north-south divide to a more unified approach which recognises that climate
change is a global concern which every state should deal with regardless of its
development status. From the Copenhagen Conference of Parties (COP) proceedings
to the Paris COP, states have realised that bottom-up driven targets and
proposals carry better prospects of effectiveness than imposed targets and
goals. To some,these shifts from strict legal targets to flexible
politico-legal undertakings represents an ‘erosion’ of the CBDR-RC principle,
while to others it could very well indicate a maturity of the principle.The
latter is more apposite as under the Paris Agreement states, based on their own
capabilities, can determine individually what they are prepared to do to
mitigate and adapt to climate change. While this could very well release
developed countries from more stringent obligations, we should not forget that
the clauses on funding and technology transfer in the UNFCCC remain binding
treaty provisions. Hence, many Individual National Determined Contributions
(INDCs) submitted since 2015 retain as condition precedents the expectation by
developing countries that developed countries will provide funding mechanisms
and enable technology transfer.
Another development since the UNFCCC and
subsequent protocols, is the increasing realisation by developing countries and
small island states that adaptation is more urgent than mitigation. This is
premised on the intertwinement of economic development and adaptation – the
argument that development is the best adaptation strategy.Therefore, many
developing countries have directed their energies at developing legal and
policy frameworks and strategies to enable adaptation to the impacts of climate
change rather than taking mitigating measures. This is largely because
adaptation includes steps that may not be contingent on funding and technology
transfer as many of the mitigation measures do. To this end, Zimbabwe’s climate
change policy, and any legal instruments, show a prioritisation of adaptation
whilst recognising the need for mitigation.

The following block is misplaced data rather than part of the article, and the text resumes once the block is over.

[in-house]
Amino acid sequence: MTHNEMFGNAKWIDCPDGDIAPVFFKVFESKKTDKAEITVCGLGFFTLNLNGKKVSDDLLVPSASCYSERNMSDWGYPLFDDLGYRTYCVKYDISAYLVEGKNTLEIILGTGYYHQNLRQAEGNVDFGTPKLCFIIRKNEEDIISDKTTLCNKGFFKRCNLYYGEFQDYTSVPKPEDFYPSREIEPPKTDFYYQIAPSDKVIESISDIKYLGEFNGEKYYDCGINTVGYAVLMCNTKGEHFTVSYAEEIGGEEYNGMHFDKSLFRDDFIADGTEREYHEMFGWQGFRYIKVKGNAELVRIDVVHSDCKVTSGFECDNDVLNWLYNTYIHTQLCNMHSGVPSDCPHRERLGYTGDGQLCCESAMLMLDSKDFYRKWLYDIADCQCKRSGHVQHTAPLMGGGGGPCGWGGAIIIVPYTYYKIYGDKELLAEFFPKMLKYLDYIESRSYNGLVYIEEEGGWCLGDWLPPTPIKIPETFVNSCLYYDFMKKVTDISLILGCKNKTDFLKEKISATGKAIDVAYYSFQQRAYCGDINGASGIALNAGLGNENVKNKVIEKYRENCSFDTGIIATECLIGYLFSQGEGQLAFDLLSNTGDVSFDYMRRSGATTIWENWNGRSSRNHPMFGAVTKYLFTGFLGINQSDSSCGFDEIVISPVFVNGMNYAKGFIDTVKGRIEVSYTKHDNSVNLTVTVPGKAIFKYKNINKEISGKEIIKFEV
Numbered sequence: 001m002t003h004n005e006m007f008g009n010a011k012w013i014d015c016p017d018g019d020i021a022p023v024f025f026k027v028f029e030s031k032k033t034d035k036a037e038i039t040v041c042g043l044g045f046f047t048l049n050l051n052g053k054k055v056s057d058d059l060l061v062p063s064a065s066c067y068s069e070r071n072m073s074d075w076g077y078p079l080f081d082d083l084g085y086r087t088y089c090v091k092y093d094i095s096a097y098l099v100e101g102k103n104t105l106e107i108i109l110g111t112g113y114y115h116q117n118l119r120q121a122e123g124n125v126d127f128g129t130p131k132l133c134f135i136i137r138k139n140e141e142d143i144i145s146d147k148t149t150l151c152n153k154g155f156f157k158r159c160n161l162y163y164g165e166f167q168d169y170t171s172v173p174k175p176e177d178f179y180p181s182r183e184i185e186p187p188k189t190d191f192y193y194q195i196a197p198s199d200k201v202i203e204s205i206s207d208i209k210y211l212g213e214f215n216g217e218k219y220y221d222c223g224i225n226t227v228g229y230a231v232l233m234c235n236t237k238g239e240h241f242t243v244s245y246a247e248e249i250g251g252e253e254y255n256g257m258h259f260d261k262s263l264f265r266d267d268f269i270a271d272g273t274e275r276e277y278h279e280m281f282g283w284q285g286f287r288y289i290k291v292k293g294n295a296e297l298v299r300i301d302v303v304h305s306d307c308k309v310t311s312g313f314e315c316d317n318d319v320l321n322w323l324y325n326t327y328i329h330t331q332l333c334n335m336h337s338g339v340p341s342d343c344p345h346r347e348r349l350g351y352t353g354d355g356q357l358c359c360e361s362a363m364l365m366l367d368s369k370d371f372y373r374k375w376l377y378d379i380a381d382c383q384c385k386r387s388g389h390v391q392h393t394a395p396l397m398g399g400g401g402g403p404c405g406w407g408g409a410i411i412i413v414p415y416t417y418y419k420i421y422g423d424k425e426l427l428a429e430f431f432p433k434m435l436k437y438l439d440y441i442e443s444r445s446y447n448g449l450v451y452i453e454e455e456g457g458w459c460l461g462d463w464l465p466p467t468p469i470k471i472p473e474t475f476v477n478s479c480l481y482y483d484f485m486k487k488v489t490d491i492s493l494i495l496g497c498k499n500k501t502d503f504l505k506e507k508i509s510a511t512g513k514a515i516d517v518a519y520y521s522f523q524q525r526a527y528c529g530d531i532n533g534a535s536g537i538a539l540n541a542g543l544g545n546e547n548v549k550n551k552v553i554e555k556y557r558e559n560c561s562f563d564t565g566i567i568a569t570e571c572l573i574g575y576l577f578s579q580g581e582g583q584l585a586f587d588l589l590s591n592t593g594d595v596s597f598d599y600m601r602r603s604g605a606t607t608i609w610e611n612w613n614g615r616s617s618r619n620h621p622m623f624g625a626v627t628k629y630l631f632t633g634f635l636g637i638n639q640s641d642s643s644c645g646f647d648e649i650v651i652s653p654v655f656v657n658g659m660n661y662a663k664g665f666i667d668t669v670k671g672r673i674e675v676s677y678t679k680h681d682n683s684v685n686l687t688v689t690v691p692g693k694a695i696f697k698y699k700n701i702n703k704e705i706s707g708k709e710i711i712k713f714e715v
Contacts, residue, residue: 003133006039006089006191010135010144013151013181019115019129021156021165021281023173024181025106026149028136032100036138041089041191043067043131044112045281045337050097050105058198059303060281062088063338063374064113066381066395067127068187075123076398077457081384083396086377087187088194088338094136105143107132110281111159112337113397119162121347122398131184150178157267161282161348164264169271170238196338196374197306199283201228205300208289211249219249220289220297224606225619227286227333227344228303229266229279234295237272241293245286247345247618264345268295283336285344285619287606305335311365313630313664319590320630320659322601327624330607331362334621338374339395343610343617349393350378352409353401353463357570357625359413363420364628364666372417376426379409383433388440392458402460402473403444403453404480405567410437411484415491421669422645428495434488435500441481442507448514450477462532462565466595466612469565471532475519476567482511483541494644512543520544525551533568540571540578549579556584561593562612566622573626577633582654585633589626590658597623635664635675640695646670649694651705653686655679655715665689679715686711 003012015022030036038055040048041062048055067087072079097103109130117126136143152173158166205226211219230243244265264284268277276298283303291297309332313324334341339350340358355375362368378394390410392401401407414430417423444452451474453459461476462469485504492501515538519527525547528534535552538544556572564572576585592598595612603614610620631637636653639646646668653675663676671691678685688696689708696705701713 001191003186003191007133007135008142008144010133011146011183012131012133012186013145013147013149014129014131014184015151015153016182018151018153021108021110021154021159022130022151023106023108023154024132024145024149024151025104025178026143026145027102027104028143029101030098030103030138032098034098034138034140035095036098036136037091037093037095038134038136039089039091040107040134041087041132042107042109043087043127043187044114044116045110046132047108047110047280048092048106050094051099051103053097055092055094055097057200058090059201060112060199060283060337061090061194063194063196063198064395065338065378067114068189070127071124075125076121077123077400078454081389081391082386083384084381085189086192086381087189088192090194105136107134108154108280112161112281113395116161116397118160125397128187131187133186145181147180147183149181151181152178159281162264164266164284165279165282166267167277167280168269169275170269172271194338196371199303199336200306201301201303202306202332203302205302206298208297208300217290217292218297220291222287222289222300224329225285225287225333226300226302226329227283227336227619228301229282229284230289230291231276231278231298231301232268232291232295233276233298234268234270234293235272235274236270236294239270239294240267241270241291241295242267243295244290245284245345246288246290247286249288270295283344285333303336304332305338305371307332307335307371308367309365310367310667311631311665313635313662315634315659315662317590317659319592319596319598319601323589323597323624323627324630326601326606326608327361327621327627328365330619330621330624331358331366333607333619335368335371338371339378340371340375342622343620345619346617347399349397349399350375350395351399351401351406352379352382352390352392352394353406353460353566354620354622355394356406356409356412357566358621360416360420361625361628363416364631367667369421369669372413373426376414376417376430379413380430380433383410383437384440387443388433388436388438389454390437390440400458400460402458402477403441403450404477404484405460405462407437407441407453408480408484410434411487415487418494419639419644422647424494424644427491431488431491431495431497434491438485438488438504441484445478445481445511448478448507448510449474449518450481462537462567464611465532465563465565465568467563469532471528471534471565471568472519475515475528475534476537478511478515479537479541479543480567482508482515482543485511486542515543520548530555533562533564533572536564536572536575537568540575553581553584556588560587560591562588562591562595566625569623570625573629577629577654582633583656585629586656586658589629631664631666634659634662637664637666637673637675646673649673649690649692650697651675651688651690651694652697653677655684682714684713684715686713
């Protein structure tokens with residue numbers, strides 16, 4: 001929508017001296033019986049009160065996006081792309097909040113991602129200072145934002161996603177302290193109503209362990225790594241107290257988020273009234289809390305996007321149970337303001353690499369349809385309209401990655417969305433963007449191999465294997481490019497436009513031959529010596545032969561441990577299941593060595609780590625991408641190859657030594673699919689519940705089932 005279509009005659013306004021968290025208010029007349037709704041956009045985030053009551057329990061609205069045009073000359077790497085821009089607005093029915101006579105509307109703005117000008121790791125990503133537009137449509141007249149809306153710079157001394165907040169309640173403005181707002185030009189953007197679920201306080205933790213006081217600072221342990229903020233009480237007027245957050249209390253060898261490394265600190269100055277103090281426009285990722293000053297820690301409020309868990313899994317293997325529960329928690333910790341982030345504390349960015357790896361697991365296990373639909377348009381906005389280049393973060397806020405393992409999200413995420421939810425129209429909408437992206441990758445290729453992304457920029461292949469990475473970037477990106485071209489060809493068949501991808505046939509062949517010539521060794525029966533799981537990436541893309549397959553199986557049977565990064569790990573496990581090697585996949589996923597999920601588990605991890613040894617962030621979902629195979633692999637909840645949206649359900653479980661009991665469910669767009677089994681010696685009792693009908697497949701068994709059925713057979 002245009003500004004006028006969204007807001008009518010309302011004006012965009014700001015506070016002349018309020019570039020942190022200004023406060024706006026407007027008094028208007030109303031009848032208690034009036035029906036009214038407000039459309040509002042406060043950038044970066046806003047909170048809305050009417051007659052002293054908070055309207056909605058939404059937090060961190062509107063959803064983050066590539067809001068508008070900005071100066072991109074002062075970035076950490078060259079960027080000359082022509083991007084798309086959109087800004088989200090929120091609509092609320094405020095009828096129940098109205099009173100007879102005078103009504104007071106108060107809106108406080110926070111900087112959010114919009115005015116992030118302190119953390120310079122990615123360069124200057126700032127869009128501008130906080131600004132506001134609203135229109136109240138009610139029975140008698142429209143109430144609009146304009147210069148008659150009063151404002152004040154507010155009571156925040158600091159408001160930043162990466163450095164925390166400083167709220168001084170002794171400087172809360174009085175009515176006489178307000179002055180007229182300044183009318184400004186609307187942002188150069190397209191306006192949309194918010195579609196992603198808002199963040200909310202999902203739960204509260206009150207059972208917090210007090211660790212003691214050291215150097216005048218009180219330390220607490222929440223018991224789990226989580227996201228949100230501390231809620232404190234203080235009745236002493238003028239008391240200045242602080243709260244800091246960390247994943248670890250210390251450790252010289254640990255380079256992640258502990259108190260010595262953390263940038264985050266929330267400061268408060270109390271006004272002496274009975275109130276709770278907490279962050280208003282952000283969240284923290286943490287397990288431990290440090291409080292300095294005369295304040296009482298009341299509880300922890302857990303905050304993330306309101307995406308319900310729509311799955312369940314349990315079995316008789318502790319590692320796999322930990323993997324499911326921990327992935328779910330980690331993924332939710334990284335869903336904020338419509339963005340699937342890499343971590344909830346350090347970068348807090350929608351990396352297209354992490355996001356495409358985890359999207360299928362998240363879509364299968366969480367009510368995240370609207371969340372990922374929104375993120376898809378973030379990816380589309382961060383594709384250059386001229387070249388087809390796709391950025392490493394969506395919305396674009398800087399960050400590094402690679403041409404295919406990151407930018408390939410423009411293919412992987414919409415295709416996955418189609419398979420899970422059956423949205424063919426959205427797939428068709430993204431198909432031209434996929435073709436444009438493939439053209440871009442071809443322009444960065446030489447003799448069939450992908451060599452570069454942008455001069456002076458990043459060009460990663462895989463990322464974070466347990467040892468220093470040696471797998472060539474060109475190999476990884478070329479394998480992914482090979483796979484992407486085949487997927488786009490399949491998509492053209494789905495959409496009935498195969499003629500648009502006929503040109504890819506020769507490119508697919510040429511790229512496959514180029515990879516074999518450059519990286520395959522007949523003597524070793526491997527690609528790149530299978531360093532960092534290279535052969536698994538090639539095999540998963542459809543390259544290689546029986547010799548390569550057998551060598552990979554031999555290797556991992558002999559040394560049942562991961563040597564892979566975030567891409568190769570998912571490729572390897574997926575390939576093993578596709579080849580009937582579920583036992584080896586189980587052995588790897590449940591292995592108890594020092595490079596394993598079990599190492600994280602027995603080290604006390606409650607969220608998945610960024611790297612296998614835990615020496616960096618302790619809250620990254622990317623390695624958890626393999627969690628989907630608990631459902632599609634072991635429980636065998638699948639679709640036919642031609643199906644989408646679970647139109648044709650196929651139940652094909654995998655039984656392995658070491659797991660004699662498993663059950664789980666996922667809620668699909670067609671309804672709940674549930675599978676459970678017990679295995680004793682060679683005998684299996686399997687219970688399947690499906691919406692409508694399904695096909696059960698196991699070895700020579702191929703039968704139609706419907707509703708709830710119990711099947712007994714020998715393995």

This edited volume is a
culmination of several engagement among stakeholders, policy-makers, and
academics on the state of knowledge and research on climate change in Zimbabwe.
While international concepts, principles and methodologies of addressing
climate change appear settled, national level dialogue and insights are
necessary to align international concepts and principles to lived social,
economic and cultural realities. It is one thing to assume treaty obligations
and an entirely separate process to transpose treaty provisions into domestic
policy and law that can function to achieve concrete results.
Central Hypotheses of the Volume
Our central hypothesis is that
Zimbabwe must treat climate change as an urgent challenge that calls for
immediate action in terms of creating an enabling legal framework and policy
environment. Certain assumptions underpin this hypothesis. In particular the
authors are reminded of the urgency of the climate change problem by recent extreme
weather events such as Cyclone Idai and perennial debilitating droughts that
have handicapped agricultural production.
This book was conceptualised on the assumption
that law, governance and other regulatory constructs and social institutions
that mediate the human/environment interface can, and should, play a central
role in achieving climate mitigation, adaptation and the transition towards a
low carbon developed economy. Secondly, we assumed that the pace of
international climate change discussions and scientific evidence on the
significant impacts of climate change is far ahead of what Zimbabwe is doing at
national level to address climate change. This, in turn, has compromised the
country’s capacity to sustainably meet its national developmental goals and
global competitiveness. Granted that there are also other national and
internationally motivated geopolitical developments in the last decades that
have disabled the country’s economy.
Zimbabwe must undertake a range of regulatory initiatives towards a climate resilient and low carbon economy, without compromising social and economic capabilities of its citizens. As such, there is an urgent need to develop a comprehensive, systematic and (increasingly) multi- and trans-disciplinary understanding of the legal and extra-legal issues on climate change – the facts, science, law and policy.Read more here